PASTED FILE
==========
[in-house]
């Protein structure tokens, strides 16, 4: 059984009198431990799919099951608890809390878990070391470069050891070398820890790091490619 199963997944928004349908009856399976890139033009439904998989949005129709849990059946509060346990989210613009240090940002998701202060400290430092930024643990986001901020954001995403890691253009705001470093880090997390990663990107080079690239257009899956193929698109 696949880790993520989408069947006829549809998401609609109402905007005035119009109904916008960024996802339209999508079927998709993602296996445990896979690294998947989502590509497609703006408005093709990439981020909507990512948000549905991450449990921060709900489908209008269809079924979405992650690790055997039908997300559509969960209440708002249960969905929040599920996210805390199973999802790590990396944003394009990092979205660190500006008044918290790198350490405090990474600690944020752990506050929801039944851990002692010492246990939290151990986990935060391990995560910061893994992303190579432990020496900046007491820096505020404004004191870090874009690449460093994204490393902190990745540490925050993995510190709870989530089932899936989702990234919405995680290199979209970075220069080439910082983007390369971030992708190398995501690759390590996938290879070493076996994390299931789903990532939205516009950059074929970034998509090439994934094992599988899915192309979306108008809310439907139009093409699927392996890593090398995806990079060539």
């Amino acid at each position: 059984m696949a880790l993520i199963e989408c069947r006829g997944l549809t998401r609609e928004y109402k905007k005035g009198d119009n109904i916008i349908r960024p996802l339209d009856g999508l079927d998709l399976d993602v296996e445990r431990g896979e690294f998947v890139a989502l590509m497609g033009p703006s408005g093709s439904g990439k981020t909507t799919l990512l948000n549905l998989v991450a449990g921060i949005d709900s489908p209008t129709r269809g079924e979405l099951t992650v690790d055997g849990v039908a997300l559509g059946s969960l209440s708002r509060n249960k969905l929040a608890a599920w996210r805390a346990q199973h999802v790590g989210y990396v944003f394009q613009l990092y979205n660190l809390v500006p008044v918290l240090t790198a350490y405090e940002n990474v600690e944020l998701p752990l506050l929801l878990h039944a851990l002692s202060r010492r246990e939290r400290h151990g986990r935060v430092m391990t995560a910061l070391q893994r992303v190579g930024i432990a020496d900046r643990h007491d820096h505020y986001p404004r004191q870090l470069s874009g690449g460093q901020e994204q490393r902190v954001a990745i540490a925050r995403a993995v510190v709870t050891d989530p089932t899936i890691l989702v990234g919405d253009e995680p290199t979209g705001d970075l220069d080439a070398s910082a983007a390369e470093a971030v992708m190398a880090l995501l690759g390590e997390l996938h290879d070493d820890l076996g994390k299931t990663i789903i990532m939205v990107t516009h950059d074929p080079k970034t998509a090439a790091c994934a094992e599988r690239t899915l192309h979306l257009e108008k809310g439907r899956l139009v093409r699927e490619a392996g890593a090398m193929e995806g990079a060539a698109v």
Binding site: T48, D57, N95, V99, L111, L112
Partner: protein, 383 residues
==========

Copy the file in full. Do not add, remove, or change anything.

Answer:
[in-house]
């Protein structure tokens, strides 16, 4: 059984009198431990799919099951608890809390878990070391470069050891070398820890790091490619 199963997944928004349908009856399976890139033009439904998989949005129709849990059946509060346990989210613009240090940002998701202060400290430092930024643990986001901020954001995403890691253009705001470093880090997390990663990107080079690239257009899956193929698109 696949880790993520989408069947006829549809998401609609109402905007005035119009109904916008960024996802339209999508079927998709993602296996445990896979690294998947989502590509497609703006408005093709990439981020909507990512948000549905991450449990921060709900489908209008269809079924979405992650690790055997039908997300559509969960209440708002249960969905929040599920996210805390199973999802790590990396944003394009990092979205660190500006008044918290790198350490405090990474600690944020752990506050929801039944851990002692010492246990939290151990986990935060391990995560910061893994992303190579432990020496900046007491820096505020404004004191870090874009690449460093994204490393902190990745540490925050993995510190709870989530089932899936989702990234919405995680290199979209970075220069080439910082983007390369971030992708190398995501690759390590996938290879070493076996994390299931789903990532939205516009950059074929970034998509090439994934094992599988899915192309979306108008809310439907139009093409699927392996890593090398995806990079060539």
């Amino acid at each position: 059984m696949a880790l993520i199963e989408c069947r006829g997944l549809t998401r609609e928004y109402k905007k005035g009198d119009n109904i916008i349908r960024p996802l339209d009856g999508l079927d998709l399976d993602v296996e445990r431990g896979e690294f998947v890139a989502l590509m497609g033009p703006s408005g093709s439904g990439k981020t909507t799919l990512l948000n549905l998989v991450a449990g921060i949005d709900s489908p209008t129709r269809g079924e979405l099951t992650v690790d055997g849990v039908a997300l559509g059946s969960l209440s708002r509060n249960k969905l929040a608890a599920w996210r805390a346990q199973h999802v790590g989210y990396v944003f394009q613009l990092y979205n660190l809390v500006p008044v918290l240090t790198a350490y405090e940002n990474v600690e944020l998701p752990l506050l929801l878990h039944a851990l002692s202060r010492r246990e939290r400290h151990g986990r935060v430092m391990t995560a910061l070391q893994r992303v190579g930024i432990a020496d900046r643990h007491d820096h505020y986001p404004r004191q870090l470069s874009g690449g460093q901020e994204q490393r902190v954001a990745i540490a925050r995403a993995v510190v709870t050891d989530p089932t899936i890691l989702v990234g919405d253009e995680p290199t979209g705001d970075l220069d080439a070398s910082a983007a390369e470093a971030v992708m190398a880090l995501l690759g390590e997390l996938h290879d070493d820890l076996g994390k299931t990663i789903i990532m939205v990107t516009h950059d074929p080079k970034t998509a090439a790091c994934a094992e599988r690239t899915l192309h979306l257009e108008k809310g439907r899956l139009v093409r699927e490619a392996g890593a090398m193929e995806g990079a060539a698109v």
Binding site: T48, D57, N95, V99, L111, L112
Partner: protein, 383 residues